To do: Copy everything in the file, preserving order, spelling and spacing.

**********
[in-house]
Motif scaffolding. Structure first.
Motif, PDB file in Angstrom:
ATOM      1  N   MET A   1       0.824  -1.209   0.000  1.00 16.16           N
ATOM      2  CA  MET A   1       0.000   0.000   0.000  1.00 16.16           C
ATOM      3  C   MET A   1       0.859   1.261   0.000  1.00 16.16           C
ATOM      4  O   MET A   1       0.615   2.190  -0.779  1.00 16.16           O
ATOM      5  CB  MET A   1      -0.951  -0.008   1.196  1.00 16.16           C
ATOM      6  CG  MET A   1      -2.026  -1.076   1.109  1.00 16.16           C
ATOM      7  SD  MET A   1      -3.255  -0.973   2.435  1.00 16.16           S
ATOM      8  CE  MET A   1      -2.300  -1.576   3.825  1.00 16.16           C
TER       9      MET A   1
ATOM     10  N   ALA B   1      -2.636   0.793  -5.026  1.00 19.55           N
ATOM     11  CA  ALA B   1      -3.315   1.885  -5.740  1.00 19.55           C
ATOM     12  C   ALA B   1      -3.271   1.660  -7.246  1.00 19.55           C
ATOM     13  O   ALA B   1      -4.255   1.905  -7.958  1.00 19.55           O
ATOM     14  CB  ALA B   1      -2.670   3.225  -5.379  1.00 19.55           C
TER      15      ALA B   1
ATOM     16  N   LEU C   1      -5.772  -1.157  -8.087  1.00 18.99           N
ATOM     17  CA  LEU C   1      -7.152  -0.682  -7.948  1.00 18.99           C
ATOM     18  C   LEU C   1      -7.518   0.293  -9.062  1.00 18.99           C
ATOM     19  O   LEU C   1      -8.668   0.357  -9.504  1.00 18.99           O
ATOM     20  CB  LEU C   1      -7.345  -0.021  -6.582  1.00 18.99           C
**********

[in-house]
Motif scaffolding. Structure first.
Motif, PDB file in Angstrom:
ATOM      1  N   MET A   1       0.824  -1.209   0.000  1.00 16.16           N
ATOM      2  CA  MET A   1       0.000   0.000   0.000  1.00 16.16           C
ATOM      3  C   MET A   1       0.859   1.261   0.000  1.00 16.16           C
ATOM      4  O   MET A   1       0.615   2.190  -0.779  1.00 16.16           O
ATOM      5  CB  MET A   1      -0.951  -0.008   1.196  1.00 16.16           C
ATOM      6  CG  MET A   1      -2.026  -1.076   1.109  1.00 16.16           C
ATOM      7  SD  MET A   1      -3.255  -0.973   2.435  1.00 16.16           S
ATOM      8  CE  MET A   1      -2.300  -1.576   3.825  1.00 16.16           C
TER       9      MET A   1
ATOM     10  N   ALA B   1      -2.636   0.793  -5.026  1.00 19.55           N
ATOM     11  CA  ALA B   1      -3.315   1.885  -5.740  1.00 19.55           C
ATOM     12  C   ALA B   1      -3.271   1.660  -7.246  1.00 19.55           C
ATOM     13  O   ALA B   1      -4.255   1.905  -7.958  1.00 19.55           O
ATOM     14  CB  ALA B   1      -2.670   3.225  -5.379  1.00 19.55           C
TER      15      ALA B   1
ATOM     16  N   LEU C   1      -5.772  -1.157  -8.087  1.00 18.99           N
ATOM     17  CA  LEU C   1      -7.152  -0.682  -7.948  1.00 18.99           C
ATOM     18  C   LEU C   1      -7.518   0.293  -9.062  1.00 18.99           C
ATOM     19  O   LEU C   1      -8.668   0.357  -9.504  1.00 18.99           O
ATOM     20  CB  LEU C   1      -7.345  -0.021  -6.582  1.00 18.99           C